Daiya ( currently seems to be the most popular brand of faux cheese (it’s soy-free too). Folks would probably be relatively happy with Follow Your Heart ( as well, which has the advantage of being available in smaller retail quantities.

Thanks so much for your attention to this issue! Keep up the fine beers!

Thus ends my rant.


#1 maddog on 01.13.10 at 9:57 am

Agreed. I’ve NEVER understood why this cheese exists either.

#2 Adrienne on 01.15.10 at 11:13 am

It is odd. Why bother having this cheese? If you are lactose intolerant then you could easily enjoy a vegan cheese but it doesn’t work the other way ’round.

I do agree they have scrumptious beers at JP.

#3 mark on 01.27.10 at 12:59 am

Two weeks and no love from the Jolly Pumpkin.

#4 Mary Elise on 02.02.10 at 3:13 am


I recently went through the same frustration with soy cheeses. It was around the holidays and I was to make a lasagna for Christmas dinner. I had wanted to put some of the Follow Your Heart soy cheese on top but the local coop was all out. The rest of the selection of soy cheeses they carried were filled with disappointment since they all had whey or what have you in them, including an almond cheese. I ended up making a faux ricotta to go on top instead which actually turned out to be perhaps even better (crumbled tofu, tofutti cream cheese, garlic, salt, pepper, and tons of nutritional yeast!).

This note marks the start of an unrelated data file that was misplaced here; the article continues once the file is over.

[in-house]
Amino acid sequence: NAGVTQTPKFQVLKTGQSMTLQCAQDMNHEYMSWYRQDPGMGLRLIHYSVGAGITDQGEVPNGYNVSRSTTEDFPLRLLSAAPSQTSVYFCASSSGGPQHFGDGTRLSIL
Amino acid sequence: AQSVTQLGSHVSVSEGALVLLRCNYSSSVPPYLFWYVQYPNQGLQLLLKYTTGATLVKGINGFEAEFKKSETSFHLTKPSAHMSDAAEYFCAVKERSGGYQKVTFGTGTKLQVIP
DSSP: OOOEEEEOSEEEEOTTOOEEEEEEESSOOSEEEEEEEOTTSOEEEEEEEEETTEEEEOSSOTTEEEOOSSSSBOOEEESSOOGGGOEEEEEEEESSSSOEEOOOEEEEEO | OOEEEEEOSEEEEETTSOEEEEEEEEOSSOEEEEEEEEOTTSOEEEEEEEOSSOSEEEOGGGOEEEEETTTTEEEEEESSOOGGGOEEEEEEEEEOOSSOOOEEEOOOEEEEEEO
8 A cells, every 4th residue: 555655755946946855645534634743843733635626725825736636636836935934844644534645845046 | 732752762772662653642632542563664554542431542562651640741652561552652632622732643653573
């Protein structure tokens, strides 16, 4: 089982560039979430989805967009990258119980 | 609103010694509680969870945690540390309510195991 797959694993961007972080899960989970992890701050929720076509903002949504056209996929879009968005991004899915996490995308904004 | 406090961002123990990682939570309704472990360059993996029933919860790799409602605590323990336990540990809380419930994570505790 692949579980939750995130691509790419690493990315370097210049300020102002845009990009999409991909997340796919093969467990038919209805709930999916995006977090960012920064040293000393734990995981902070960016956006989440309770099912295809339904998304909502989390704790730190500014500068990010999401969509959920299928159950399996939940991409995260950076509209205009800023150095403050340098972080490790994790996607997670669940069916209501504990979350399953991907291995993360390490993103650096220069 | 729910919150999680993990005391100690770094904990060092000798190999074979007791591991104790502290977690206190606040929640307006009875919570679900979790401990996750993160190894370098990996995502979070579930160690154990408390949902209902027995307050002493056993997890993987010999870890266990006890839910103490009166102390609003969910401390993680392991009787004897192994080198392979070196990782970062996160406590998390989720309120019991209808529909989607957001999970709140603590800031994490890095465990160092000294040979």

I also hear from friends around here in Seattle that a lot of the pizza places claim to offer a vegan pizza with soy cheese, but it is like the one you encounter. There are a lot of vegans in Seattle so I think many restaurants jump to offer a “vegan” option but fail to do their homework on the actual ingredients they utilize. Restaurants should hire a vegan consultant when planning to add vegan dishes to their menu!

#5 mark on 02.02.10 at 11:06 am

No doubt. How do we get that job?

It’s amazing that Seattle wouldn’t be more on top of that, but you’re right–it’s the same everywhere (we had a similar experience in Portland). It’s kind of funny where we’re at. Ann Arbor is supposed to be the “cultural” city and Ypsi more “gritty”. But in truth, AA is much fluffier–lots of vegetarian stuff, but far fewer vegan options (though it’s still pretty easy to find something to eat). Ypsi, on the other hand, actually does have a vegan pizza option.

I guess the best we can do is keep politely bothering them about offering real vegan cheeses until they either (a) get it or (b) alienate their vegan customers.

#6 Mary Elise on 02.02.10 at 2:14 pm

I think I will have some business cards made up as “Mary Elise – Vegan Consultant” and I’ll just hand them out to restaurants when I have a less than stellar vegan meal.

#7 Jeremy Lucido on 03.19.11 at 7:33 pm

OMG I found your link. I’m at a Cafe now because they offer a Vegan Philly steak sandwich and I was all happy till I saw the fine print on back of menu- “our soy cheeses are not vegan” how do you offer a VEGAN Philly cheese steak sandwich with nonvegan cheese!